When the retro-looking masterpiece of design saw the light of day in the 2005 Mustang, fans of the legendary pony car were ecstatic. The new car not only looked fabulous but it also introduced new levels of power and performance. However, its retro look opened the doors for numerous special editions that mimicked the fantastic Mustangs from the past.
Ford again couldn’t resist, so in 2008, they presented the new Bullitt Mustang. Just as before, it was dark green with a blackout grille. It came with American Racing wheels and a few mechanical modifications. The 4.6-liter V8 engine pumped 315 HP and 325 lb-ft of torque. And that was enough to launch the Highland Green Mustang coupe to 5.0-second 0 to 60 mph times. Of course, they produced the 2008 Bullitt Mustang in limited numbers, so it has a collector’s car appeal.
One of the biggest Mustang legends is Steve McQueen’s Highland Green 1968 Fastback they used in Bullitt, a 1969 cop movie. The movie became famous for its chase scenes. For decades, this car represented one of the coolest Mustangs in the world. Ford couldn’t resist using it for special versions, so they released three Bullitt Mustangs. They included one in 2003, one in 2008 and one in 2018 as a 2019 model.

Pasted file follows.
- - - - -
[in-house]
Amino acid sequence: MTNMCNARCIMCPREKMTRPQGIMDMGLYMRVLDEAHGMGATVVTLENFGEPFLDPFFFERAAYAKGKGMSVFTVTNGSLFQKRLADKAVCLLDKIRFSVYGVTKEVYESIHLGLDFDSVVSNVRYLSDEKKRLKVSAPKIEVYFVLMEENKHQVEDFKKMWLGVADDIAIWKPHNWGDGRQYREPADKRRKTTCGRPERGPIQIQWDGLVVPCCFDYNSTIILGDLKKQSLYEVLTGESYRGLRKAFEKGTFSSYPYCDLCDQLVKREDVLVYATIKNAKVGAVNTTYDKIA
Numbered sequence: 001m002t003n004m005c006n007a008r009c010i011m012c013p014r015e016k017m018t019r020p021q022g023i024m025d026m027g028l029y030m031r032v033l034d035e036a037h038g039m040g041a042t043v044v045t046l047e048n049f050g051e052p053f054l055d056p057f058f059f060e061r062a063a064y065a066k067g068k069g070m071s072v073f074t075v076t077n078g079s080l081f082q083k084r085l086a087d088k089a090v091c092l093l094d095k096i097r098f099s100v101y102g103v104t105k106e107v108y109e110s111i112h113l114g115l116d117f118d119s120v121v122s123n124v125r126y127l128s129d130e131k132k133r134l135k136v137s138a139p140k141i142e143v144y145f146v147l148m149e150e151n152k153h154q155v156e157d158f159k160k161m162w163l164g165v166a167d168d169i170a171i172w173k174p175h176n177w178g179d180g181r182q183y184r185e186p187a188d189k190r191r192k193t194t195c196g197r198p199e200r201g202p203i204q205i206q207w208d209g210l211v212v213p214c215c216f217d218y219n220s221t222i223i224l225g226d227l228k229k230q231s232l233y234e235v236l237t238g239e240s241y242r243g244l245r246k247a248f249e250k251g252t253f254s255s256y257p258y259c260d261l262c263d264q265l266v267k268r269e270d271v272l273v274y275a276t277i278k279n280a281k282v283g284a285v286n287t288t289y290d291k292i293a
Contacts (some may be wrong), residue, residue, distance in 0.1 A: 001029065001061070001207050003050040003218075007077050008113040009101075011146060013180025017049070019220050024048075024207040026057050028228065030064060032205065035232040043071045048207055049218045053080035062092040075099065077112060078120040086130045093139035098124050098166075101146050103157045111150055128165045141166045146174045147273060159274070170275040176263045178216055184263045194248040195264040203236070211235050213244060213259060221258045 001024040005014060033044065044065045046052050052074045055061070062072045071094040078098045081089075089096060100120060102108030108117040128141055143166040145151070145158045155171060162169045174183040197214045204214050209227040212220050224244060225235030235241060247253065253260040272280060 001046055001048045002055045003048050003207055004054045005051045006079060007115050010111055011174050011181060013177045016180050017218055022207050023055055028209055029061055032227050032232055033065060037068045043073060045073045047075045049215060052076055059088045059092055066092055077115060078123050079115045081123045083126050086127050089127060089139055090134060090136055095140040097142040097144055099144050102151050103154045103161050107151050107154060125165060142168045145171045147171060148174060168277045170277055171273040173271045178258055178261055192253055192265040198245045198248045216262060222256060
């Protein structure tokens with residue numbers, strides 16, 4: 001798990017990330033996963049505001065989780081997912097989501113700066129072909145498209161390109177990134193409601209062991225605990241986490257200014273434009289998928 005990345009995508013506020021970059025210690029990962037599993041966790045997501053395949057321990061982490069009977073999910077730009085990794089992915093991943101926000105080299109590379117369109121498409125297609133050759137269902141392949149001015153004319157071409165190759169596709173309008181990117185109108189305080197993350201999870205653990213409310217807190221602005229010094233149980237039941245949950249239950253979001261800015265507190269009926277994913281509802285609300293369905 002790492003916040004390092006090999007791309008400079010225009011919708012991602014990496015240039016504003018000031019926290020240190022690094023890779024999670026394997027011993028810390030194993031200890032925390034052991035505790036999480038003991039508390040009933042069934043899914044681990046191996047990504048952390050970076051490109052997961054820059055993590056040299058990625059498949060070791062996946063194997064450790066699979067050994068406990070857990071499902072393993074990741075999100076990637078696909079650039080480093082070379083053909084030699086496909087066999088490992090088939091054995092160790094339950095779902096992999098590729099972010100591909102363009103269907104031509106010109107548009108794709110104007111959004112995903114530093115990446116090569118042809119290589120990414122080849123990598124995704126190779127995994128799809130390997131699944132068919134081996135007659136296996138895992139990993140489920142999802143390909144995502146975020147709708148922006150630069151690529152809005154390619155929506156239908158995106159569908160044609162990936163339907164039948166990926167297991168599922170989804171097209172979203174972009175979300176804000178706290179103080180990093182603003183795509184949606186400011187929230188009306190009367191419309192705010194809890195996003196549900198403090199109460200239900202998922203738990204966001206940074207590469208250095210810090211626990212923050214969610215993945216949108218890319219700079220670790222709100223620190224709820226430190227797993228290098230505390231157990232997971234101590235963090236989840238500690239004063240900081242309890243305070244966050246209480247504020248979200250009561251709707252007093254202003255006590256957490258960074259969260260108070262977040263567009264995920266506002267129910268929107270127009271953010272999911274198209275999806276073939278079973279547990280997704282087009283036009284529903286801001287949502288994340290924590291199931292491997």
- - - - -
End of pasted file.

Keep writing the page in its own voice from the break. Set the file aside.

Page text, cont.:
Ford has based all their Bullitt special versions on the GT V8 model featuring special green paint, dark wheels, power upgrades, and numerous trim changes. All three are highly collectible, desirable cars as well as a big part of Mustang history. The latest one is a 480 HP street fighter they dressed in that recognizable dark green color with sub-four-second 0 to 60 mph times.
These are the 20 rarest Ford Mustang special edition models Ford has produced. Of course, there will be more in the future, but these are the ones that are highly collectible. So, if you want one, be sure to act fast, as their prices are going up while their availability is going down.